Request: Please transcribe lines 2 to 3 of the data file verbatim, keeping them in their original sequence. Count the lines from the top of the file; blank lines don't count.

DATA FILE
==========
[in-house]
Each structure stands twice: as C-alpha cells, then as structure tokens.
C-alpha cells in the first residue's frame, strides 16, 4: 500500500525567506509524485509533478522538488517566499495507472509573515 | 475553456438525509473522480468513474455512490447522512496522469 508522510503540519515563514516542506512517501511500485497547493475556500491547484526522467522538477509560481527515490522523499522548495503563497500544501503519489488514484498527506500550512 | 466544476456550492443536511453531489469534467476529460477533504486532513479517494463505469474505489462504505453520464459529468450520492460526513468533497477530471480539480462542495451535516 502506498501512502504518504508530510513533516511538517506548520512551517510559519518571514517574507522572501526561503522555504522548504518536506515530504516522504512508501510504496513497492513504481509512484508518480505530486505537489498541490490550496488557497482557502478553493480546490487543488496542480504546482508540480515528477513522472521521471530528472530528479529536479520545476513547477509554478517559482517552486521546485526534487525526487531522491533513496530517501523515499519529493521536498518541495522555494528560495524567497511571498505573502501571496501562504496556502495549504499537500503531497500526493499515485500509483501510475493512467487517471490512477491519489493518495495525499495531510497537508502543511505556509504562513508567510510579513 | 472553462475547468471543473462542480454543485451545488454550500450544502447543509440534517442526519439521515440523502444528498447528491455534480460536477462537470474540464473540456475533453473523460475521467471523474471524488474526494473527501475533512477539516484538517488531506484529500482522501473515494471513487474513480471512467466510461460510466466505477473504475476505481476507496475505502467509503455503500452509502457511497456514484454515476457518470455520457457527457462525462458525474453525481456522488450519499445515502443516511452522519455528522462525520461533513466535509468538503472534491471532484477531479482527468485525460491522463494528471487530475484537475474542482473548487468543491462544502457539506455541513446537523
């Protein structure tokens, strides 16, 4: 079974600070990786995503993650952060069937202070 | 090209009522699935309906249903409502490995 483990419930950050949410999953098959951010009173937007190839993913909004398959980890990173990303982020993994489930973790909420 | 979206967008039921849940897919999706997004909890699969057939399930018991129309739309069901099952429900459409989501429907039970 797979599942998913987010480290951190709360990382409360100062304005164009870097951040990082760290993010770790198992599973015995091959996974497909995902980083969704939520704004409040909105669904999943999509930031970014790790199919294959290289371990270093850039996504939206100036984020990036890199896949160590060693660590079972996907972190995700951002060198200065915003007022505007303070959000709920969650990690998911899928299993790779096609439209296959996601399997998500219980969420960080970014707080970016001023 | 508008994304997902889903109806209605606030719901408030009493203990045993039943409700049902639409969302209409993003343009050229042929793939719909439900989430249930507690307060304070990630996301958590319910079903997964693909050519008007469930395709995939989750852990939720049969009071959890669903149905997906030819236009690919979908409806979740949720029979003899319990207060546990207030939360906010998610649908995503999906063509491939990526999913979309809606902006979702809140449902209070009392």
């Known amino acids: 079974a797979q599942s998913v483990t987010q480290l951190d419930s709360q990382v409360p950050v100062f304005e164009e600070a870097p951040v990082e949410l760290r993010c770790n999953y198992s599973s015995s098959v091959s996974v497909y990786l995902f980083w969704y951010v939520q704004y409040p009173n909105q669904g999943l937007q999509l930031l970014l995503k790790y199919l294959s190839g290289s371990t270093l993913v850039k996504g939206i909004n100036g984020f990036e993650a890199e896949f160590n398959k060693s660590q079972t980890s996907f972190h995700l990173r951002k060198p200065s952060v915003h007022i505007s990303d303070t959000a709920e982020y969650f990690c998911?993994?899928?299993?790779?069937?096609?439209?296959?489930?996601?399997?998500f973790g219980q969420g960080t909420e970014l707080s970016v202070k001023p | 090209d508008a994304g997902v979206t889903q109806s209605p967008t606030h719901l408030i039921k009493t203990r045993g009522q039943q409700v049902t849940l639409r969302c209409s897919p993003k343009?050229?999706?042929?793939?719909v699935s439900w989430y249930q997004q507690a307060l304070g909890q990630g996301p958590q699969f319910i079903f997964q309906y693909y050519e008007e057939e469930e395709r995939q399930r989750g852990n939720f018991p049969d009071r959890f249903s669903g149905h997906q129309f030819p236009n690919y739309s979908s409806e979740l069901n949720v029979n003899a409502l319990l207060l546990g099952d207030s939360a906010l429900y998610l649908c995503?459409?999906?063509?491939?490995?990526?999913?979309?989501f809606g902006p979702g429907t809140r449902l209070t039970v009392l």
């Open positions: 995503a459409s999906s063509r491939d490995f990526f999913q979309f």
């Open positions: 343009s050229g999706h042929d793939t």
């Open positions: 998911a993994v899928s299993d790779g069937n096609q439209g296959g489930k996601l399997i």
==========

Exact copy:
Each structure stands twice: as C-alpha cells, then as structure tokens.
C-alpha cells in the first residue's frame, strides 16, 4: 500500500525567506509524485509533478522538488517566499495507472509573515 | 475553456438525509473522480468513474455512490447522512496522469 508522510503540519515563514516542506512517501511500485497547493475556500491547484526522467522538477509560481527515490522523499522548495503563497500544501503519489488514484498527506500550512 | 466544476456550492443536511453531489469534467476529460477533504486532513479517494463505469474505489462504505453520464459529468450520492460526513468533497477530471480539480462542495451535516 502506498501512502504518504508530510513533516511538517506548520512551517510559519518571514517574507522572501526561503522555504522548504518536506515530504516522504512508501510504496513497492513504481509512484508518480505530486505537489498541490490550496488557497482557502478553493480546490487543488496542480504546482508540480515528477513522472521521471530528472530528479529536479520545476513547477509554478517559482517552486521546485526534487525526487531522491533513496530517501523515499519529493521536498518541495522555494528560495524567497511571498505573502501571496501562504496556502495549504499537500503531497500526493499515485500509483501510475493512467487517471490512477491519489493518495495525499495531510497537508502543511505556509504562513508567510510579513 | 472553462475547468471543473462542480454543485451545488454550500450544502447543509440534517442526519439521515440523502444528498447528491455534480460536477462537470474540464473540456475533453473523460475521467471523474471524488474526494473527501475533512477539516484538517488531506484529500482522501473515494471513487474513480471512467466510461460510466466505477473504475476505481476507496475505502467509503455503500452509502457511497456514484454515476457518470455520457457527457462525462458525474453525481456522488450519499445515502443516511452522519455528522462525520461533513466535509468538503472534491471532484477531479482527468485525460491522463494528471487530475484537475474542482473548487468543491462544502457539506455541513446537523